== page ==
Taylor was ruined by the Great Chicago Fire of 1871, which destroyed 14 stores owned by him. He had insurance, but it was with Chicago firms that were overwhelmed by the disaster.
During the Civil War, Taylor had spent considerable sums from his own pocket for travel on government business and in raising and equipping Union troops. At the time, he asked for no reimbursement. But in 1887, he applied to Congress to be repaid $15,000 of his expenses. Taylor retained considerable standing in Chicago's business community. His petition included a supporting memorial signed by 56 prominent men of Chicago and Illinois. Taylor's petition was considered by the Committee on War Claims, but it was rejected for want of documentation. Taylor renewed his petition in 1890, but it was again rejected.
By late 1861, it was clear that the Civil War was going to be much more costly than anyone had expected, and that the Union would have to raise or find or borrow vast amounts of money. Taylor had the idea that the Union could pay its expenses with newly created money in the form of paper currency ("greenbacks"). In 1861, Taylor mentioned his idea for greenbacks at General Grant's headquarters in Cairo, Illinois.
On 16 January 1862, Taylor met privately with President Abraham Lincoln at his request. Taylor suggested the issuance of treasury notes bearing no interest and printed on the best banking paper. Taylor said "Just get Congress to pass a bill authorizing the printing of full legal tender treasury notes... and pay your soldiers with them and go ahead and win your war with them also. If you make them full legal tender... they will have the full sanction of the government and be just as good as any money; as Congress is given the express right by the Constitution."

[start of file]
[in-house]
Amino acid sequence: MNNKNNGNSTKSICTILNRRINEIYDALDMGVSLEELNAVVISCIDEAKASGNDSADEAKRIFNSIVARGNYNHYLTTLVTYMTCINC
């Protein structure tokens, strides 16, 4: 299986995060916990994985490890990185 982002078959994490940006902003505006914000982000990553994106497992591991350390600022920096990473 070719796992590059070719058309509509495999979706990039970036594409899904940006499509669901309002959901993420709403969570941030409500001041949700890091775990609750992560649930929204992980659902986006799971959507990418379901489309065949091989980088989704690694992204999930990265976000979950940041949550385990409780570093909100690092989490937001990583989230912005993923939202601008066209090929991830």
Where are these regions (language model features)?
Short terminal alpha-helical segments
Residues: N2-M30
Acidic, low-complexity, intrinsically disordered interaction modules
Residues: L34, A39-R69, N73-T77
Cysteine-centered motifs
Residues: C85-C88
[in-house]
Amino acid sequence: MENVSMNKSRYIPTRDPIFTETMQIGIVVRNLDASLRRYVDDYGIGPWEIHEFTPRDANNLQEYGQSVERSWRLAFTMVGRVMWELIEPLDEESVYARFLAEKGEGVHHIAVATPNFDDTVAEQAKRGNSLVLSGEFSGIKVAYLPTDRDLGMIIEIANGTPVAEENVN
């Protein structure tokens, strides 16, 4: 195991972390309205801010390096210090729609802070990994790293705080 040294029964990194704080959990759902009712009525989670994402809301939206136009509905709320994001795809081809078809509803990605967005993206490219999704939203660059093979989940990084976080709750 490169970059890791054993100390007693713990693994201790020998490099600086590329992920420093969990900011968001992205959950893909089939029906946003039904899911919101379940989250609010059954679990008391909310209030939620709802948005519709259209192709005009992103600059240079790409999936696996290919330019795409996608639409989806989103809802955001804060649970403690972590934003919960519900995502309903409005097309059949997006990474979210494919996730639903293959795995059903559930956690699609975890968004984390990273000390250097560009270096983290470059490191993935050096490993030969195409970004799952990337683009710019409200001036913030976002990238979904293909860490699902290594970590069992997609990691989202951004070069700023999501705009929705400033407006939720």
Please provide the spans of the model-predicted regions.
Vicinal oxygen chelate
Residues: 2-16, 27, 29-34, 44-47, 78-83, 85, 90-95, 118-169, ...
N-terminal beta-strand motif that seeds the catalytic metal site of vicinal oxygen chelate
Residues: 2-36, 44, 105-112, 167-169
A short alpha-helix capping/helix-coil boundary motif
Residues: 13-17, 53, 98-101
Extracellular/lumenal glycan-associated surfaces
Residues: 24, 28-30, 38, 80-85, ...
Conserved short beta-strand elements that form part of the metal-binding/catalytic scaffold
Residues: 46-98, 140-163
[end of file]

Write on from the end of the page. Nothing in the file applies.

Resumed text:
Taylor cited his suggestion of the greenback in his 1887 petition to Congress. He included the 1864 letter from Lincoln. In February 1888, he added a recent letter from General John McClernand, who had been at Cairo at the time, and confirmed Taylor's account.
Taylor was a patron of many educational institutions.
Taylor had several tours of military service.
During the Black Hawk War of 1831m he was commissioned as a colonel in the state militia on 13 June by governor John Reynolds. He was also Aide-de-camp to Brigadier General Joseph Duncan of the Brigade of Mounted Volunteers, in service of the United States.
During the Civil War, Taylor was again commissioned a colonel. He did not serve in the field, but was employed very extensively by President Lincoln as a confidential messenger.
On 18 September 1829 in Illinois, Edmund Richard "Dick" Taylor married Margaret Taylor (b. 28 December 1813 in Kentucky), the daughter of his business partner Col. John Taylor and Elizabeth Burkhead. Their offspring were:
Taylor died in Chicago, Illinois, on December 4, 1891.